Three cheers for fear mongering…

Oh, Canada AM, I am so disappointed in you.

This made the air this morning.

No link to the study. Just some doctor scaring the bejeebers out of women regarding homebirth, and basically contradicting so many other studies out there that prove it’s safety.

I am so very disappointed.

On a side note, are we insane to ignore that our current trend of beginning our families over a decade later than previous generations is affecting the safety of our pregnancies and deliveries?  I understand it. Completed post-secondary education, established of careers, financial security… But at what cost? I am shocked and deeply saddened by the amount of miscarriages and complications I read about in women my age (I am 36) who are only beginning their families these last couple of years. I didn’t see that as much in my peers who started having children much younger. Interesting trade-off…

Parents, midwives, doctors, doulas, nurses… what are your thoughts? What have been your experiences regarding pregnancy, birth, homebirth (if this applies)? Did you wait to have your children, or did you begin your family young?  Do you regret any of your birth-related choices?

2 thoughts on “Three cheers for fear mongering…

  1. I agree with you. What a terrifying thing this would be for a new mom-to-be to read, and the doctor doesn’t even cite her sources or define how the study was done. I’ve had three hospital births, and while I’ve been very happy with my experiences here (Everyone seems to go out of their way to follow your birth plan and make sure your choices are respected), I’d switch to home births in a heartbeat. The trip to the hospital in the middle of labour (not to mention the admission process when you’re there) is not at all peaceful and pleasant. Not to mention that in a normal, healthy birth the doctor may or may not arrive in time to catch your baby (which is fine…anyone else can do it just as well), and you think…why do I even bother to come? Of course, the chance to rest without the other kids afterwards is nice.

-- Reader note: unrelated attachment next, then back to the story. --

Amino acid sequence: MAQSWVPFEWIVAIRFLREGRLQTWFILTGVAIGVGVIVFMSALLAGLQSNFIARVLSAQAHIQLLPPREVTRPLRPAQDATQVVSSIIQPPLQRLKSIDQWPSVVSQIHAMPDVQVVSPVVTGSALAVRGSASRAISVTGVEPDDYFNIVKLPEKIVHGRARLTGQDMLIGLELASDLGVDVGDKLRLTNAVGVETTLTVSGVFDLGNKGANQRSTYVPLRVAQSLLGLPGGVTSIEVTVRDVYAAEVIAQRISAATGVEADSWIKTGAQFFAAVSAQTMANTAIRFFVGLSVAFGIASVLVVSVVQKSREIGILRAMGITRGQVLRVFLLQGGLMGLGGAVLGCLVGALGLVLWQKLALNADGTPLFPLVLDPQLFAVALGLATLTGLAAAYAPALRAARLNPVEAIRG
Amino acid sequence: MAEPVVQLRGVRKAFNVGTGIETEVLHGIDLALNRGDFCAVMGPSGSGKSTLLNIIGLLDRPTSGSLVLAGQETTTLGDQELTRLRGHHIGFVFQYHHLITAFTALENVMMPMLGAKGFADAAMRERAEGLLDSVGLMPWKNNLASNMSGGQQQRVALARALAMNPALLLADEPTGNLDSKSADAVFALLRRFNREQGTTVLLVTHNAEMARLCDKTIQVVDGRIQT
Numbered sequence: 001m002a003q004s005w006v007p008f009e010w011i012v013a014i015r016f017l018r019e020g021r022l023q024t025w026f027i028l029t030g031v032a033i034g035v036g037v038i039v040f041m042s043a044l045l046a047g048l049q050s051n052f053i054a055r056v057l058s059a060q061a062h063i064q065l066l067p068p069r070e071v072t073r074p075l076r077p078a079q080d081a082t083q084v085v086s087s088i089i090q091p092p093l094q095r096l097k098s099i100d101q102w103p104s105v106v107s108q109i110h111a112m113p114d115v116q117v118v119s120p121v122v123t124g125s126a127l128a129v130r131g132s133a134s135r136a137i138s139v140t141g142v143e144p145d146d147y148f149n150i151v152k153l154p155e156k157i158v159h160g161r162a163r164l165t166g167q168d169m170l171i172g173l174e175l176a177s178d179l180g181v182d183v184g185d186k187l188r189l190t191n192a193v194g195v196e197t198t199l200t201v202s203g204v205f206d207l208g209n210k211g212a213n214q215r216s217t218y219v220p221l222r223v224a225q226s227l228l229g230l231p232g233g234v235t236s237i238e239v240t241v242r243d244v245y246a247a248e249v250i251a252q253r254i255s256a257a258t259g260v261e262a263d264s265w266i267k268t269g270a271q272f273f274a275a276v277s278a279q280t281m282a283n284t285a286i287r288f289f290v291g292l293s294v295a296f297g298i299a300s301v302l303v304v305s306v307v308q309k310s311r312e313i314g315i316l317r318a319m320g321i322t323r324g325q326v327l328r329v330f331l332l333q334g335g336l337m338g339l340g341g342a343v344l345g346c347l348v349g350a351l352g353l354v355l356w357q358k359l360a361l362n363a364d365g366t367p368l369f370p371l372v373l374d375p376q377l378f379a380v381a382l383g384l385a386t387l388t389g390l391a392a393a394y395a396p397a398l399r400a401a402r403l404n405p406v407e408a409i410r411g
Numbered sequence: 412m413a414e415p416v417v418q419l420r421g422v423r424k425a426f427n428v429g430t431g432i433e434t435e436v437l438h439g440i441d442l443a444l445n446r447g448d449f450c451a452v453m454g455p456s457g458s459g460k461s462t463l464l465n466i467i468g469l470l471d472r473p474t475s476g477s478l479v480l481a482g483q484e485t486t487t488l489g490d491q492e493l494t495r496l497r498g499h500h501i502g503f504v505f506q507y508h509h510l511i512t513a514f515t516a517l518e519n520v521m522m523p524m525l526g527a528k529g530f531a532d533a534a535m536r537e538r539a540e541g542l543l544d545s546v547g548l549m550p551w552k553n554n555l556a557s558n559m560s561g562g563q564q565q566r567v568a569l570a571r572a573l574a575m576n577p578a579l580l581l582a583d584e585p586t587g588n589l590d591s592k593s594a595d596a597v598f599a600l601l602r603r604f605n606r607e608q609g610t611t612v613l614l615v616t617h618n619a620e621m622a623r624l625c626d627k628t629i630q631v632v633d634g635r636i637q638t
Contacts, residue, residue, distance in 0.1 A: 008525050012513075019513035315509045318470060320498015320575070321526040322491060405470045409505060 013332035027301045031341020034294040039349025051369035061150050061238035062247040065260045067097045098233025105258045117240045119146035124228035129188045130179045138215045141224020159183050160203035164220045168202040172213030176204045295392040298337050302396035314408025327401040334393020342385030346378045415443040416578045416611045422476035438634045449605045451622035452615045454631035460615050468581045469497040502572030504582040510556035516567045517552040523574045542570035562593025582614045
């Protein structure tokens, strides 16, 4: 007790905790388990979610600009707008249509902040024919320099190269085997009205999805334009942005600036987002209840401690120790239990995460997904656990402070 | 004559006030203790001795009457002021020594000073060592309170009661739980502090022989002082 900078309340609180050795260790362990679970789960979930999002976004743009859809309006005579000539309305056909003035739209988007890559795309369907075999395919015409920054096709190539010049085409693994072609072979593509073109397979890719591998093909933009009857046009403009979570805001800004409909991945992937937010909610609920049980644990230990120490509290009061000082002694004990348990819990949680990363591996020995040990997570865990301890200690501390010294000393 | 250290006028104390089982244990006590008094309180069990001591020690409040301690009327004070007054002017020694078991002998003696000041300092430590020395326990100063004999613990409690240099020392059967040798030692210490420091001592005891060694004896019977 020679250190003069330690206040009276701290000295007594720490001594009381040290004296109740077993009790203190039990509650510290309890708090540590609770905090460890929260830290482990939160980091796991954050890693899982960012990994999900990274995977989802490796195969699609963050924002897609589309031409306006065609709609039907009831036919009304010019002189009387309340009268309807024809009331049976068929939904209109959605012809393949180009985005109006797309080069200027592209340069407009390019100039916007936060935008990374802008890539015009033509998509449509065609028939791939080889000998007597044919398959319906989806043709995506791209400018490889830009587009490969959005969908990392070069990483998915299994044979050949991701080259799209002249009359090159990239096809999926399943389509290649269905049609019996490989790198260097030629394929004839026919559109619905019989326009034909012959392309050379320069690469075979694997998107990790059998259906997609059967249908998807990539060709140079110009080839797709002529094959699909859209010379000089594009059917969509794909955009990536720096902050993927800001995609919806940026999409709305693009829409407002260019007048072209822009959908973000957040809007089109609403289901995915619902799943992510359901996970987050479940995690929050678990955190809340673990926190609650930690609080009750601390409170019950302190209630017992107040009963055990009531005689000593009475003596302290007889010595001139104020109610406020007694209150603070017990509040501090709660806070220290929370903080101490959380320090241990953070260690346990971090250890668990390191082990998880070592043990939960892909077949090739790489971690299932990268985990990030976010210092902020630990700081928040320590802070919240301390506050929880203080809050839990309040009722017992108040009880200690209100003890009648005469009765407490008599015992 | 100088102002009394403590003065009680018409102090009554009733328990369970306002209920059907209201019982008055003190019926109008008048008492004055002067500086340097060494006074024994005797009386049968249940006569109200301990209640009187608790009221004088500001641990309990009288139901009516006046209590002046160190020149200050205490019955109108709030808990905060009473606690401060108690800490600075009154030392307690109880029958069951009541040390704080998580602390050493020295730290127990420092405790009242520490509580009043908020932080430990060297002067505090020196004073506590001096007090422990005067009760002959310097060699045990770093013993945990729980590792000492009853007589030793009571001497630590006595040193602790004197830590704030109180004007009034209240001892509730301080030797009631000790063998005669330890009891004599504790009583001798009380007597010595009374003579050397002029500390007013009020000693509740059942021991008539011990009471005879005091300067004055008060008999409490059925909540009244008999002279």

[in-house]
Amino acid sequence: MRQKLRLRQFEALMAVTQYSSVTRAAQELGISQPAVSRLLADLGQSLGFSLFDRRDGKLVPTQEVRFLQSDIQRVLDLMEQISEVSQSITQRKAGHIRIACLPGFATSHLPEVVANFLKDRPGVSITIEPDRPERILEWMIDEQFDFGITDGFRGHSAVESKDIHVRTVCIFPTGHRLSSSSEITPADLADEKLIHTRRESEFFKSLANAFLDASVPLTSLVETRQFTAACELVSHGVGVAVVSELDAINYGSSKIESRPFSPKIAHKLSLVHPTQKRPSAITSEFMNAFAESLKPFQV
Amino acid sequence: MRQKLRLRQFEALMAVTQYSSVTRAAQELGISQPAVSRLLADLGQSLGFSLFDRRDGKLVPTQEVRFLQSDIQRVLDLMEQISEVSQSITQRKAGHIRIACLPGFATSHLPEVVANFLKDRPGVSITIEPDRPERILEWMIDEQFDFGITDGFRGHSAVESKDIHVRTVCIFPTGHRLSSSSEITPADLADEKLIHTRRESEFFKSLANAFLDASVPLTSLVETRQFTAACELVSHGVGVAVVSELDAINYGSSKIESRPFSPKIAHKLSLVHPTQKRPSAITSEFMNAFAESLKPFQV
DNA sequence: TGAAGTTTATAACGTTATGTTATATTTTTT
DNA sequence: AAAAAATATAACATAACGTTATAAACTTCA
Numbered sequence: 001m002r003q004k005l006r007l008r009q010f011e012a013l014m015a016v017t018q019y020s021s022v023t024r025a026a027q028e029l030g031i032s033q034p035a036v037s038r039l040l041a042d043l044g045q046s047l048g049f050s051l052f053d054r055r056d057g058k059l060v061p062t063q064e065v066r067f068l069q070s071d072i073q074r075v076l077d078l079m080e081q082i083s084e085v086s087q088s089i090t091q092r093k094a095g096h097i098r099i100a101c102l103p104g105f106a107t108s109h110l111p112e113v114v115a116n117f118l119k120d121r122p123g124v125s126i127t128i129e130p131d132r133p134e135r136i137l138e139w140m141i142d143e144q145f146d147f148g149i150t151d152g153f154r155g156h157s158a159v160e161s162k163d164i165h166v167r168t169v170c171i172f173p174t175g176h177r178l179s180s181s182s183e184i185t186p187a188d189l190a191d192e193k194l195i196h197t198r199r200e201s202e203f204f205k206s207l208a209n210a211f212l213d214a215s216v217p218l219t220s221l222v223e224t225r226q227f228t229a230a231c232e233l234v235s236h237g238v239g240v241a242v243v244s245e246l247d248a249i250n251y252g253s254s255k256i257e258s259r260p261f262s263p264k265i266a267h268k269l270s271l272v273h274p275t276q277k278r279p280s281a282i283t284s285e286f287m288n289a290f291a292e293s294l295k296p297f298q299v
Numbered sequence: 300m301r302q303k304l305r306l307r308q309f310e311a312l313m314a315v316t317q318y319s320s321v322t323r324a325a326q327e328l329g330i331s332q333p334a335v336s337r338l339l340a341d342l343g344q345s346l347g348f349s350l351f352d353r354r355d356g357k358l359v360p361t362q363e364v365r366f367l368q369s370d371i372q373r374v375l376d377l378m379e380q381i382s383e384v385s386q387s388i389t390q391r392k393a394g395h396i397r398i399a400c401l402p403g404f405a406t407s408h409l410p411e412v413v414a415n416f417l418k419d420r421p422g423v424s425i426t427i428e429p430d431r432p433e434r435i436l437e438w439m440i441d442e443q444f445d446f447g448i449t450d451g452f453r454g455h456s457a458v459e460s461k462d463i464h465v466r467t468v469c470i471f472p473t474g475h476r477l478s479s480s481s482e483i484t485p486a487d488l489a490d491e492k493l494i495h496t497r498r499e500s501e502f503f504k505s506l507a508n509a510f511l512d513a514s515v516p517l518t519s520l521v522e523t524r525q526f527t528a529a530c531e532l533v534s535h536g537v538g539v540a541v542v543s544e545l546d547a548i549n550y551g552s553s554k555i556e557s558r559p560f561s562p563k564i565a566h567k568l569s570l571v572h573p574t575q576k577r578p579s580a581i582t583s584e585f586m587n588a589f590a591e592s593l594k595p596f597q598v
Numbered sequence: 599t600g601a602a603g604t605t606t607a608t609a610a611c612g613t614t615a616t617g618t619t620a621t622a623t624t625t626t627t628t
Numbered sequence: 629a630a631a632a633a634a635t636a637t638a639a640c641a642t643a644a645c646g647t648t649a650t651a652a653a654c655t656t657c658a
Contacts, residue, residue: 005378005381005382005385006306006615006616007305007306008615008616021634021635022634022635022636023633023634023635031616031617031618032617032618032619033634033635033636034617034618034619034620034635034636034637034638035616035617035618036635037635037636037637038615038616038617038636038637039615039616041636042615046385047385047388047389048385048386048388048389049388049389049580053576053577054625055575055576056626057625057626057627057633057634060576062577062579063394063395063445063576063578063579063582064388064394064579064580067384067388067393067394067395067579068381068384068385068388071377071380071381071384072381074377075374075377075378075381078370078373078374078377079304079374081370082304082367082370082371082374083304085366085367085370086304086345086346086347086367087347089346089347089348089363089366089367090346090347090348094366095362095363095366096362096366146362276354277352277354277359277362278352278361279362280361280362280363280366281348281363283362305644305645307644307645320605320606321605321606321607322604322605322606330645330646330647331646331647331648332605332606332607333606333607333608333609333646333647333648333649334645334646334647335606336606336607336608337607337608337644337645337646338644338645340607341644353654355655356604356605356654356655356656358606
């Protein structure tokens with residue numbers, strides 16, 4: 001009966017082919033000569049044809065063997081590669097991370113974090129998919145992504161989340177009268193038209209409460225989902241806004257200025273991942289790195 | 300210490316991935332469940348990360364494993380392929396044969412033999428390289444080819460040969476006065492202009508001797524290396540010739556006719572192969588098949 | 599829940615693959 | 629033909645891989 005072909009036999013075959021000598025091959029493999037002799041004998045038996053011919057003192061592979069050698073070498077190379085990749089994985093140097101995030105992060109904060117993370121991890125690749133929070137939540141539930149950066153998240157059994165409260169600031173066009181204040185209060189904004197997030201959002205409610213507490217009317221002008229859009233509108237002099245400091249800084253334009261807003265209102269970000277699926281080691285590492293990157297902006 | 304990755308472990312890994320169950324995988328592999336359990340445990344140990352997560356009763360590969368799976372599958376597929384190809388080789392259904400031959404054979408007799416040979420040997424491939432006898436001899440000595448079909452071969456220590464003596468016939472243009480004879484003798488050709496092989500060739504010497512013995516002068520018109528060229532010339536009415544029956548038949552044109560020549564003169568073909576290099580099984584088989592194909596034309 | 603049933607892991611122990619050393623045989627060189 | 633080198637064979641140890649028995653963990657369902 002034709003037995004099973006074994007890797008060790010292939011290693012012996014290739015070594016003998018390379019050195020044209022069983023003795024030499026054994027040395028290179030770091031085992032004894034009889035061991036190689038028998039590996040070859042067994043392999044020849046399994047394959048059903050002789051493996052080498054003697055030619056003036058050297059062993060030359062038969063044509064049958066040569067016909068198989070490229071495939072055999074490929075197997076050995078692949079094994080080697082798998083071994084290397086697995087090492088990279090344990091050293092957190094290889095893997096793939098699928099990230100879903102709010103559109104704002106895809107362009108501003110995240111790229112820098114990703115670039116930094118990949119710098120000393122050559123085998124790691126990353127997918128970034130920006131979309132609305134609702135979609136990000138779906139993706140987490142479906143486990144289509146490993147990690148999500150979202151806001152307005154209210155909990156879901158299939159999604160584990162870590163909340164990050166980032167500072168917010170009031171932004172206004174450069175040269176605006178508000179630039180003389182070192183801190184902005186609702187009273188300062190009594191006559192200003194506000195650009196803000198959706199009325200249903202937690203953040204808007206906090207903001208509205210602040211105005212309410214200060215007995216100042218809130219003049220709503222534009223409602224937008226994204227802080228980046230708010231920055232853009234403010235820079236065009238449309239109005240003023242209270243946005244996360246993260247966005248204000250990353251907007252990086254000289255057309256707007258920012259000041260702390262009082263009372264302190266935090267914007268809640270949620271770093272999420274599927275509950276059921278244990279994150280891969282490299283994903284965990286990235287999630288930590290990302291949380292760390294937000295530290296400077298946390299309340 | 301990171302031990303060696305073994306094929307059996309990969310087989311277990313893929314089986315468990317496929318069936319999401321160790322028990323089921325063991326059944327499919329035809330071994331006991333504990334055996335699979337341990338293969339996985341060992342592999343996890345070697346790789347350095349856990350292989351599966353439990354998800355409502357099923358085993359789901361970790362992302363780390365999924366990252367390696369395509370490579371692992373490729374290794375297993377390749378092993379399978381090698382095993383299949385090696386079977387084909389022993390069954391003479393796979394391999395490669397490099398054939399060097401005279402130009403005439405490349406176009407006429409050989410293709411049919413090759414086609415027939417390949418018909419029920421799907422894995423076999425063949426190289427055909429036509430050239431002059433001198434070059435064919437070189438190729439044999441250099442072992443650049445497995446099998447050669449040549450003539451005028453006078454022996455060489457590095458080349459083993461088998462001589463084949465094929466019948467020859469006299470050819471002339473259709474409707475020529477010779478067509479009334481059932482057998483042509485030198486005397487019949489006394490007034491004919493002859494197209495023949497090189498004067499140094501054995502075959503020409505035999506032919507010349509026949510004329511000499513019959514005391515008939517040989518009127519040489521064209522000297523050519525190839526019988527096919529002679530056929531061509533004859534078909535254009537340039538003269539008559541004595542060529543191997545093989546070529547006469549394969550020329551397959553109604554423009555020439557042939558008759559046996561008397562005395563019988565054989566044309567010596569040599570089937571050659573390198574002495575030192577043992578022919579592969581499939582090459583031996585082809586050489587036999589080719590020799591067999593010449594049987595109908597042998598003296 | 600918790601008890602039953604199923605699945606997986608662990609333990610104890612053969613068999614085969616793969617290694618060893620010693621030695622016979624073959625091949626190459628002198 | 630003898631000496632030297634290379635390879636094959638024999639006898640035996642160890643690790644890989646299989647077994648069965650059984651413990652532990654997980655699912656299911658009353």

My sister has had two unassisted home births (not deliberately…they just were born that fast!), and she was fine.
    I am very, very thankful for modern medicine and all it has to offer to those who need it. I think people forget that (despite all the horror stories they may hear) most of the time having a baby is a normal, natural process that does not require a specialist or an institution.

    1. Thank you for sharing your experiences, Nelleke.

      After three hospital births I was told that I would probably never be able to give birth without an epidural as I seemed to stop dilating at 4cm.

      I had our fourth naturally in a birthing centre with midwives in QC, followed by two homebirths (one unassisted and one with a retired midwife friend who had practised for over 30 years). Our youngest was an attempted unassisted homebirth which ended in a transfer because of a minor complication that could easily have been dealt with by a midwife. Midwives, alas, are still not allowed to practice legally on Prince Edward Island, despite all of the research (and the experiences of other provinces) proving not only their safety, but their cost-efficiency as well, as interventions are far less frequent when delivering with midwives. Our expereince at the hospital was on the whole quite good, but after having two babies at home and one with midwives, one can’t help but feel slightly violated when they wake up to find strangers poking and prodding at their infant without consent. It was just strange after not experiencing it for so many years…

      I have to go back and check the CTV link again to see if they have added a link to the study yet. I just find that incredibly irresponsible reporting.

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